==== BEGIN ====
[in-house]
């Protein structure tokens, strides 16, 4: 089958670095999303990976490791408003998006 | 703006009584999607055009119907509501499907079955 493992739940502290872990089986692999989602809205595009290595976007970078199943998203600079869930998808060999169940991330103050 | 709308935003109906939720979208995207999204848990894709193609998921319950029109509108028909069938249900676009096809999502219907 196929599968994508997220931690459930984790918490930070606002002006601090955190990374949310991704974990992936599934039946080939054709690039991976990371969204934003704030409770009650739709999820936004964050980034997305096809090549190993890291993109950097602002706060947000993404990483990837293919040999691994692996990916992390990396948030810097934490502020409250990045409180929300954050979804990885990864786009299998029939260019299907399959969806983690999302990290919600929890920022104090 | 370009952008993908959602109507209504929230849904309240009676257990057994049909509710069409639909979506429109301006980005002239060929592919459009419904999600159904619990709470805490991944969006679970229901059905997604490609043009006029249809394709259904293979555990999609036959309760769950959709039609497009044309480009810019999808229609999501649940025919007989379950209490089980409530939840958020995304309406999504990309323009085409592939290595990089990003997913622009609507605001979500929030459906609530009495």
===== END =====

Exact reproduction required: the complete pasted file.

[in-house]
């Protein structure tokens, strides 16, 4: 089958670095999303990976490791408003998006 | 703006009584999607055009119907509501499907079955 493992739940502290872990089986692999989602809205595009290595976007970078199943998203600079869930998808060999169940991330103050 | 709308935003109906939720979208995207999204848990894709193609998921319950029109509108028909069938249900676009096809999502219907 196929599968994508997220931690459930984790918490930070606002002006601090955190990374949310991704974990992936599934039946080939054709690039991976990371969204934003704030409770009650739709999820936004964050980034997305096809090549190993890291993109950097602002706060947000993404990483990837293919040999691994692996990916992390990396948030810097934490502020409250990045409180929300954050979804990885990864786009299998029939260019299907399959969806983690999302990290919600929890920022104090 | 370009952008993908959602109507209504929230849904309240009676257990057994049909509710069409639909979506429109301006980005002239060929592919459009419904999600159904619990709470805490991944969006679970229901059905997604490609043009006029249809394709259904293979555990999609036959309760769950959709039609497009044309480009810019999808229609999501649940025919007989379950209490089980409530939840958020995304309406999504990309323009085409592939290595990089990003997913622009609507605001979500929030459906609530009495």